Like many professionals, artists can derive income from giving their colleagues a hand up — which, in this case, may involve teaching them how to market themselves. For Barre's Corrina Thurston, a chronic illness that began in 2008 led to the launch of a commercial art career centered on her colored pencil drawings of animals. Using her experiences of marketing her own work, Thurston has since begun helping others take ownership of their creative practice as a business.

"I always tell artists that, even if they've only sold one piece — even just a greeting card of their work — they're a professional artist," said Thurston. In general, she recommends spending half of one's time on marketing and business and the other half on creating.

"This is really hard for a lot of artists," she acknowledged.

While Thurston notes on her website that she often gives free advice, she encourages those looking to get into the nitty-gritty to hire her as a consultant for $35 per hour (or $28 per hour by phone). Among her areas of expertise are goal setting, social media and email marketing, copywriting, and web content and grant writing. She also makes herself available as a public speaker on the topics of art business and the transformation of negative circumstances, for rates ranging between $100 and $1,200, depending on the venue.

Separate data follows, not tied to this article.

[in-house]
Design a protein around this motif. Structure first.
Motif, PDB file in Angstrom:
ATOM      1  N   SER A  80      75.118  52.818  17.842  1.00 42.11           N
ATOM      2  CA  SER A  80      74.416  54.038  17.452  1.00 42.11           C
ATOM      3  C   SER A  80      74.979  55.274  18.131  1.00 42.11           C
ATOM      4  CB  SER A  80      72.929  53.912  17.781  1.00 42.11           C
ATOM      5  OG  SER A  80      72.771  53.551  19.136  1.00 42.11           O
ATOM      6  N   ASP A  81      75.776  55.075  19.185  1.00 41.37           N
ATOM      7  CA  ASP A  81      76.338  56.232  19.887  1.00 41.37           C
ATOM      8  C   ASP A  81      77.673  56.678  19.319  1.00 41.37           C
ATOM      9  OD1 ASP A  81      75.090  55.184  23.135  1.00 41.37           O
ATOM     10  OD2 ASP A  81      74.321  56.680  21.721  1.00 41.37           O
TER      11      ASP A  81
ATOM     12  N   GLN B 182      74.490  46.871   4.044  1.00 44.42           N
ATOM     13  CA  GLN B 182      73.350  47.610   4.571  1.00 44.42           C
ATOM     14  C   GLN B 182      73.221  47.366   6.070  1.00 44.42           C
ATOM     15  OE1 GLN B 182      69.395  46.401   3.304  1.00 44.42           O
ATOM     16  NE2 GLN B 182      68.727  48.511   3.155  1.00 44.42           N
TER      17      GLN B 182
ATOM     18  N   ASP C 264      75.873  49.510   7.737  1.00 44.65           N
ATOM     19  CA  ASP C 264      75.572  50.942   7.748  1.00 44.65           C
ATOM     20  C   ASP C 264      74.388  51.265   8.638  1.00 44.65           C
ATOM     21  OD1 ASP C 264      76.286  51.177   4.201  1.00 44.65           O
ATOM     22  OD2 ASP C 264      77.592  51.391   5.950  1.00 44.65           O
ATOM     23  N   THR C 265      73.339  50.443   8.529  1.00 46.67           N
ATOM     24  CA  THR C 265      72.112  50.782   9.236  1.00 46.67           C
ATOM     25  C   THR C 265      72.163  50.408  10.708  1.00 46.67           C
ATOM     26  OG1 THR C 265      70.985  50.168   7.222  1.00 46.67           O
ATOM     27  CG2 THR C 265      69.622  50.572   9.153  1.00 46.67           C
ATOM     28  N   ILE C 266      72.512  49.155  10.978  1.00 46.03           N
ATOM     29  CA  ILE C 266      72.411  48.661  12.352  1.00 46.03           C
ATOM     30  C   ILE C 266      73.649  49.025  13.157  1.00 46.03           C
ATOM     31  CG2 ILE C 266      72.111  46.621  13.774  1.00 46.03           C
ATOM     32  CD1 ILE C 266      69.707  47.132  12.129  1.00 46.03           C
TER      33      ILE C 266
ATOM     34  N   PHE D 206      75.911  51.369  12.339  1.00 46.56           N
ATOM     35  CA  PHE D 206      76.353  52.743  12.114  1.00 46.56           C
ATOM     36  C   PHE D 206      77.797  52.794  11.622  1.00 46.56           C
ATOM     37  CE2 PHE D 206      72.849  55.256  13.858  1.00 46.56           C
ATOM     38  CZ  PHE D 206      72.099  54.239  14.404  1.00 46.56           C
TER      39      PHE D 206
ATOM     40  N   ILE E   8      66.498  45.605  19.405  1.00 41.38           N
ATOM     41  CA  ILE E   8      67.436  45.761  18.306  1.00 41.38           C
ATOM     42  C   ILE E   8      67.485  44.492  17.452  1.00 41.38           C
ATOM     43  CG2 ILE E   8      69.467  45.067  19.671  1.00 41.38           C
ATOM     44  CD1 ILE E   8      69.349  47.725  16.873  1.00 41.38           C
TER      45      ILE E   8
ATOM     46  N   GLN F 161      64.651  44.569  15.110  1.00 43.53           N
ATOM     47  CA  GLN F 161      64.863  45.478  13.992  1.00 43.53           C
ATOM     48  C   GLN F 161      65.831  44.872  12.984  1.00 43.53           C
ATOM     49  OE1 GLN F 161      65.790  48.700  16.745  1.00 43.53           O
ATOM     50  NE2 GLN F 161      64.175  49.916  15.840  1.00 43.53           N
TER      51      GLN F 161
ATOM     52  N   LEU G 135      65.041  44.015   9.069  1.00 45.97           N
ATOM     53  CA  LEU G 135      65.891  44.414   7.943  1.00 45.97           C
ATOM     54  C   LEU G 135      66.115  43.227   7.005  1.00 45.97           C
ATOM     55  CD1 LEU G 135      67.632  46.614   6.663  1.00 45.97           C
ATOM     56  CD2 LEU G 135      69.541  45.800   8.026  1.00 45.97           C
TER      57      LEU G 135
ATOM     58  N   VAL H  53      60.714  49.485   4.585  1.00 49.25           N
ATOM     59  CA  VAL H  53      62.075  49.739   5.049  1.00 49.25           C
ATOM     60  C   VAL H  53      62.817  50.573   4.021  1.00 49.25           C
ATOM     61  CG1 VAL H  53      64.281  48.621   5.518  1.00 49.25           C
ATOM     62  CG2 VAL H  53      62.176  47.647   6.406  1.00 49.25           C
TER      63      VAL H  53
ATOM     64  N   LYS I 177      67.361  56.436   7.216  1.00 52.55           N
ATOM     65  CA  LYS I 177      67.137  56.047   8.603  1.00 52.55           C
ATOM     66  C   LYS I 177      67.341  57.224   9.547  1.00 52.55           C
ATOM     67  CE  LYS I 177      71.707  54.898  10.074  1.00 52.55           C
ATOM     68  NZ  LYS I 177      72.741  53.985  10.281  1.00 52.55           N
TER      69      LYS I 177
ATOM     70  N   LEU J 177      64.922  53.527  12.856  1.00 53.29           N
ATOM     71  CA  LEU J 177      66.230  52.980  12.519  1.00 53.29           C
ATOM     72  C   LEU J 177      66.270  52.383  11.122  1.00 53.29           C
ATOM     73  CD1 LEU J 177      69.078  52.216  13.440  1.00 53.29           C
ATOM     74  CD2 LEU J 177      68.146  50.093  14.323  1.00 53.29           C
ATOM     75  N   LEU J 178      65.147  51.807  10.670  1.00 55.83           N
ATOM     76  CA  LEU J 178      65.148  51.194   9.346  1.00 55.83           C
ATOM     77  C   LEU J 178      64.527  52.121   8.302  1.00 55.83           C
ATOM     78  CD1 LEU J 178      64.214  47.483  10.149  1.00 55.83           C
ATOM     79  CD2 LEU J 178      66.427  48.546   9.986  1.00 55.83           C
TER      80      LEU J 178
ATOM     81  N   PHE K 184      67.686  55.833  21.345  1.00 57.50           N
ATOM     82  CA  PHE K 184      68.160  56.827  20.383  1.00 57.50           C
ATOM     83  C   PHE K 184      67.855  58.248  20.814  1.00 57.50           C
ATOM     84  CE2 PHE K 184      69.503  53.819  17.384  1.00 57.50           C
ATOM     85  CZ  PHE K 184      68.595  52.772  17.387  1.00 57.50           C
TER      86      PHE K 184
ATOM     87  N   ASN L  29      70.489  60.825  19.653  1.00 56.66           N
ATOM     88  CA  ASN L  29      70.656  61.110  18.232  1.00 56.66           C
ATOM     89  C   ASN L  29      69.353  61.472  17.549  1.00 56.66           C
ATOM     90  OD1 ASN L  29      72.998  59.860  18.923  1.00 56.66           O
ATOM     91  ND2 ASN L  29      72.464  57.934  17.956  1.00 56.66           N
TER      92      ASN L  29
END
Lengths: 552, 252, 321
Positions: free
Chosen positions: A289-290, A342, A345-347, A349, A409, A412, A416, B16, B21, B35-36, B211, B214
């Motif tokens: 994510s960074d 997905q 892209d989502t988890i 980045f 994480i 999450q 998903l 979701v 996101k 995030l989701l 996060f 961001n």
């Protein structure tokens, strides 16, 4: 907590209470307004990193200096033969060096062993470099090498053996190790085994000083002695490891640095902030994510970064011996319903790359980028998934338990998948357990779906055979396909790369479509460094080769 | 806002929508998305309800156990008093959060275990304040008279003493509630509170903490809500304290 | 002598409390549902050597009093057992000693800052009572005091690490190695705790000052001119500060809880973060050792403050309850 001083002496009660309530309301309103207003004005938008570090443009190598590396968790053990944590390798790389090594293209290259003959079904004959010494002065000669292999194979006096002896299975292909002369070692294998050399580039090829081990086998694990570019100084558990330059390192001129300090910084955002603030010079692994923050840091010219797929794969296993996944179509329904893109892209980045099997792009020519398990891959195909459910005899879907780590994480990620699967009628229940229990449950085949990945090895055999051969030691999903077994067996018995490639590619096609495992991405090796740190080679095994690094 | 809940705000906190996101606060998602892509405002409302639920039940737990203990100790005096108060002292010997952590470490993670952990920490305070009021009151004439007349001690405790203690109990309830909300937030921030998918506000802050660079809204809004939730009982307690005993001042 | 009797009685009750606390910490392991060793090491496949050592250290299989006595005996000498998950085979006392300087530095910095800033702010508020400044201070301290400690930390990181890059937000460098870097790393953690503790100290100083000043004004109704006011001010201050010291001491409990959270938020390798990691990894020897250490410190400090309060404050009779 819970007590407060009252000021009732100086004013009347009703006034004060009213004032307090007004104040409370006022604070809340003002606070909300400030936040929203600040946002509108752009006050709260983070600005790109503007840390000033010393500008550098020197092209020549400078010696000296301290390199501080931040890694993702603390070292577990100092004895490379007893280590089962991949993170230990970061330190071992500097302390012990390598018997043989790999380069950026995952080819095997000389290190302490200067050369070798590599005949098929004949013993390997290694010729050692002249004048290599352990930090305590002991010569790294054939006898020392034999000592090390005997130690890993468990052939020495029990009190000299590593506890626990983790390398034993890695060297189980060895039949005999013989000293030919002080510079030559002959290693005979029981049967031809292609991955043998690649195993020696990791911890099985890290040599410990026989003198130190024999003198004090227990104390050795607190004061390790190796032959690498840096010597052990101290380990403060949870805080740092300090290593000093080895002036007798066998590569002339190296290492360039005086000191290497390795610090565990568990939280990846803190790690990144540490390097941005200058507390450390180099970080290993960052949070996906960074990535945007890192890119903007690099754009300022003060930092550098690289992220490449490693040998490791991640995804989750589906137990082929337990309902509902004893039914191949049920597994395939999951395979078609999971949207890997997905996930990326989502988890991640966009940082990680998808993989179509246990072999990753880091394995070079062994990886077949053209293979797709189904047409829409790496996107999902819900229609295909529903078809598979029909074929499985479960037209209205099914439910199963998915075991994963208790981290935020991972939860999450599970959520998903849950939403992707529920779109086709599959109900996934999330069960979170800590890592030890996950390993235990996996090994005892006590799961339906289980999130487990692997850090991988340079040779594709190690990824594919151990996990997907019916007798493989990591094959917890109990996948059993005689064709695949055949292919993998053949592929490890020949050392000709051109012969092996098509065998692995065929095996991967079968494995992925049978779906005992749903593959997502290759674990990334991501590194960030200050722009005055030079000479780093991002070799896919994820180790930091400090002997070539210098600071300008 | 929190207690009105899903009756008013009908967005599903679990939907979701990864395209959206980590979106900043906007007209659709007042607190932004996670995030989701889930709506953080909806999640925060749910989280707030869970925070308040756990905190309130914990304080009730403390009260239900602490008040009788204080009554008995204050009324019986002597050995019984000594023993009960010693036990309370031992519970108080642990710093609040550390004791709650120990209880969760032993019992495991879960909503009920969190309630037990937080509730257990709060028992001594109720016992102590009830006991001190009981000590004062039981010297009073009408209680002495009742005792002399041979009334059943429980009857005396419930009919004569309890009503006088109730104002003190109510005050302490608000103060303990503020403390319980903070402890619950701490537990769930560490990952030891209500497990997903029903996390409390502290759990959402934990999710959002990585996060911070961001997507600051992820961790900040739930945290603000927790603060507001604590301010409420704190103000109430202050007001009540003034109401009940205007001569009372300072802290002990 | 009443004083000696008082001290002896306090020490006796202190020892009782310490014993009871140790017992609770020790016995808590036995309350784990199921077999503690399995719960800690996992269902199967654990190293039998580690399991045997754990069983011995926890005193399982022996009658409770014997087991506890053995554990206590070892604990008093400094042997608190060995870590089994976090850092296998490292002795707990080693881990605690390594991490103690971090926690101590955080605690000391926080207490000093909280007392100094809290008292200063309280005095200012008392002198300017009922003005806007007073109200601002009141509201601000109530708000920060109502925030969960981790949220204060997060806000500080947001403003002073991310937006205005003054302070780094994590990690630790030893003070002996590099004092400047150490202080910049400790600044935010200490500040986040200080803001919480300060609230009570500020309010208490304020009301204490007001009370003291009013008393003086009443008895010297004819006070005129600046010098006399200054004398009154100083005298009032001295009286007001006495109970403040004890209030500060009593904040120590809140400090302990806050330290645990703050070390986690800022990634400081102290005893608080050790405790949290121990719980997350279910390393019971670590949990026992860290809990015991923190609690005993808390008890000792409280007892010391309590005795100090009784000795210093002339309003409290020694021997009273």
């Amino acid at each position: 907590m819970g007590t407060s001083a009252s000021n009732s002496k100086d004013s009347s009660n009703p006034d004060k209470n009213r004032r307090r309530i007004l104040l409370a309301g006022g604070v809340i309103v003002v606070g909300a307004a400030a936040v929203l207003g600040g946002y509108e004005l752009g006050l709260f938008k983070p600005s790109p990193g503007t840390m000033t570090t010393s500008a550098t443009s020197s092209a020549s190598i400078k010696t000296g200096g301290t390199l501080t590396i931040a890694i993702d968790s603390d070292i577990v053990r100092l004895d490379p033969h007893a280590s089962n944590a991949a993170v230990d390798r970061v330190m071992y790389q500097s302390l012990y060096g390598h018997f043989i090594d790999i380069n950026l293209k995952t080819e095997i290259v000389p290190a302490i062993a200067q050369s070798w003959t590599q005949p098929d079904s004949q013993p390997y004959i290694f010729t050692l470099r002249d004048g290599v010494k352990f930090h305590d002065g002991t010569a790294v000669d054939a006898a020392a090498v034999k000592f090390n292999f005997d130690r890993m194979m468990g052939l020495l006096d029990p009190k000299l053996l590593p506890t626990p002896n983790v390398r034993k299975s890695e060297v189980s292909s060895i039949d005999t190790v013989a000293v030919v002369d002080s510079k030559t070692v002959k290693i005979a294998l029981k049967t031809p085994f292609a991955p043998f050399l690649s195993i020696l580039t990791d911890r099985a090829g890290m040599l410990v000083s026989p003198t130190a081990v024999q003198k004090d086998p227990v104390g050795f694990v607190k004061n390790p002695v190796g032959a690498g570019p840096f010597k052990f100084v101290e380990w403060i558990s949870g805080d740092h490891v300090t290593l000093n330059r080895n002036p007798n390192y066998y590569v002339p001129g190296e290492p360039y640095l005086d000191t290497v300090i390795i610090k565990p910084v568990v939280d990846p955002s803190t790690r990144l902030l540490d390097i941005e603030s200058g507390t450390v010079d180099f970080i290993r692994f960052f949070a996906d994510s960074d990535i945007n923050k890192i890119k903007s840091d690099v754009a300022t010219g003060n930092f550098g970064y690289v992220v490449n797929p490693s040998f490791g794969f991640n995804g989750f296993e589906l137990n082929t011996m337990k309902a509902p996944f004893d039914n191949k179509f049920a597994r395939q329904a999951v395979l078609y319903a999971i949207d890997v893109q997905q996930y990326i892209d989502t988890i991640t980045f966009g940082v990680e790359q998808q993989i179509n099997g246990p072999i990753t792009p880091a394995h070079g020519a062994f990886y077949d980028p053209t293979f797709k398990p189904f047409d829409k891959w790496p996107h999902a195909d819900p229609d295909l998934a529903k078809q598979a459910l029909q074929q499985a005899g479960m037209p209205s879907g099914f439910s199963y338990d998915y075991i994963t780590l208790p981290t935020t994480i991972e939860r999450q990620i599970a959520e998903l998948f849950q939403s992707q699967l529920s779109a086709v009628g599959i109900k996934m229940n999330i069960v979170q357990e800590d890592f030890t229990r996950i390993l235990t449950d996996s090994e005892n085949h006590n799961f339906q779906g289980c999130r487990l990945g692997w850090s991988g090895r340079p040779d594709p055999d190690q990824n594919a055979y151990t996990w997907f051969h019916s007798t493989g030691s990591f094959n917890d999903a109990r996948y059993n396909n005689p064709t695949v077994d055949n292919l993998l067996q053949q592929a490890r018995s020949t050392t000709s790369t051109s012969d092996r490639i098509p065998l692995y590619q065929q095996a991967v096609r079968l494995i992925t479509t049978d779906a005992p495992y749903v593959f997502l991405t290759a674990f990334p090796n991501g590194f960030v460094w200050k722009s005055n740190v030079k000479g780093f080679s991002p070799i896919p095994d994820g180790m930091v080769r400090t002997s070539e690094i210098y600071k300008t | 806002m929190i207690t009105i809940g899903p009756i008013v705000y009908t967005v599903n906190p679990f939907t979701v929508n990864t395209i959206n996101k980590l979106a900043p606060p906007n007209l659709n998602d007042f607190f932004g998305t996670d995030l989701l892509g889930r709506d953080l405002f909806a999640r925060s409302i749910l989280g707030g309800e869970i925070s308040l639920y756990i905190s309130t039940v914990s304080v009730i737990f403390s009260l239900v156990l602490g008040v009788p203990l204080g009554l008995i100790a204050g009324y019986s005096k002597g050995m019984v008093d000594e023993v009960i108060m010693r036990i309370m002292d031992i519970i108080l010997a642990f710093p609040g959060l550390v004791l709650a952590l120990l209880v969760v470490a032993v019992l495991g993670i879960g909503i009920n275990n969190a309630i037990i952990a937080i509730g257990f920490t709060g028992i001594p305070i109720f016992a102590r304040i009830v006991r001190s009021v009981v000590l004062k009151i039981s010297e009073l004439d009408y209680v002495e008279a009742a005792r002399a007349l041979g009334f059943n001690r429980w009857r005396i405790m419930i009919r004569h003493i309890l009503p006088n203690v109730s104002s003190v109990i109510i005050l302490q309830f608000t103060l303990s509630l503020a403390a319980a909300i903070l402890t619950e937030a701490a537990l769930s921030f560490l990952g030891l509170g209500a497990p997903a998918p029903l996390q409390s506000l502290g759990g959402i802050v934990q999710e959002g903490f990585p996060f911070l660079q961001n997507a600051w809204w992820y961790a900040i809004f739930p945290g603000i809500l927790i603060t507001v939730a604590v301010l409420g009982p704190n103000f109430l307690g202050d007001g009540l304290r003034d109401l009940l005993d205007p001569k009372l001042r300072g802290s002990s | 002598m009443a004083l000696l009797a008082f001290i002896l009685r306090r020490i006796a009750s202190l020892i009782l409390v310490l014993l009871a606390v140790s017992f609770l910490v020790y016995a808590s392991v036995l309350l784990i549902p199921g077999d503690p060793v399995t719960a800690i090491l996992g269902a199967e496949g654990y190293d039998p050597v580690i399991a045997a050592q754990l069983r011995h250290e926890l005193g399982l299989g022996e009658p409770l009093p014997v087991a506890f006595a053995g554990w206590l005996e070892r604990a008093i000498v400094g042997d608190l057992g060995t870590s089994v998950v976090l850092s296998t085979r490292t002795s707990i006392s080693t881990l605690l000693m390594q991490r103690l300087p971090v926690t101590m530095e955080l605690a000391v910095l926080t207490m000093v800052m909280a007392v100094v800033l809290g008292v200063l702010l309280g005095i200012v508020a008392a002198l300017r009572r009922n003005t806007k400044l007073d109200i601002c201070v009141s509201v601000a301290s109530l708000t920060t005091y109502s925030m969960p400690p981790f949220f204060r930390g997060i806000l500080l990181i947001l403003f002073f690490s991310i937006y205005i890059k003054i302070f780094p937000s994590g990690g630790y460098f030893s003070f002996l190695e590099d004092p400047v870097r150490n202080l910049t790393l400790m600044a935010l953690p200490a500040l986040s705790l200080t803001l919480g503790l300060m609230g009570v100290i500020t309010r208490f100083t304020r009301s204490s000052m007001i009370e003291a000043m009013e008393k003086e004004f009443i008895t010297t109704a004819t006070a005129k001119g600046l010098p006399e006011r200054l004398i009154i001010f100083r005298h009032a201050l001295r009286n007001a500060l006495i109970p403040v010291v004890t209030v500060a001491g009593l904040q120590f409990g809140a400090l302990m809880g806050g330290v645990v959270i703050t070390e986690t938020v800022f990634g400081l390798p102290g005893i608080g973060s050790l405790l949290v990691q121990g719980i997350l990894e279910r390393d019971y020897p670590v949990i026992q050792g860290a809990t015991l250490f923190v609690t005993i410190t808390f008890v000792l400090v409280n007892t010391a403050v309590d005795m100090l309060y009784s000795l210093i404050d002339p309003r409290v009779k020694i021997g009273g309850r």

Last summer, Thurston self-published her ebook How to Build Your Art Business With Limited Time or Energy ($5.99 on Amazon), of which she has sold more than 350 downloads. Lately, she's been offering small, free workshops on self-promotion for artists, sponsored by venues. Her next engagement is a social media workshop this Saturday, April 7, at Frog Hollow Vermont Craft Gallery in Burlington.

Later this year, Thurston plans to release her second ebook, How to Communicate Effectively: For Artists & Creatives


The original print version of this article was headlined "Doin' It for Themselves"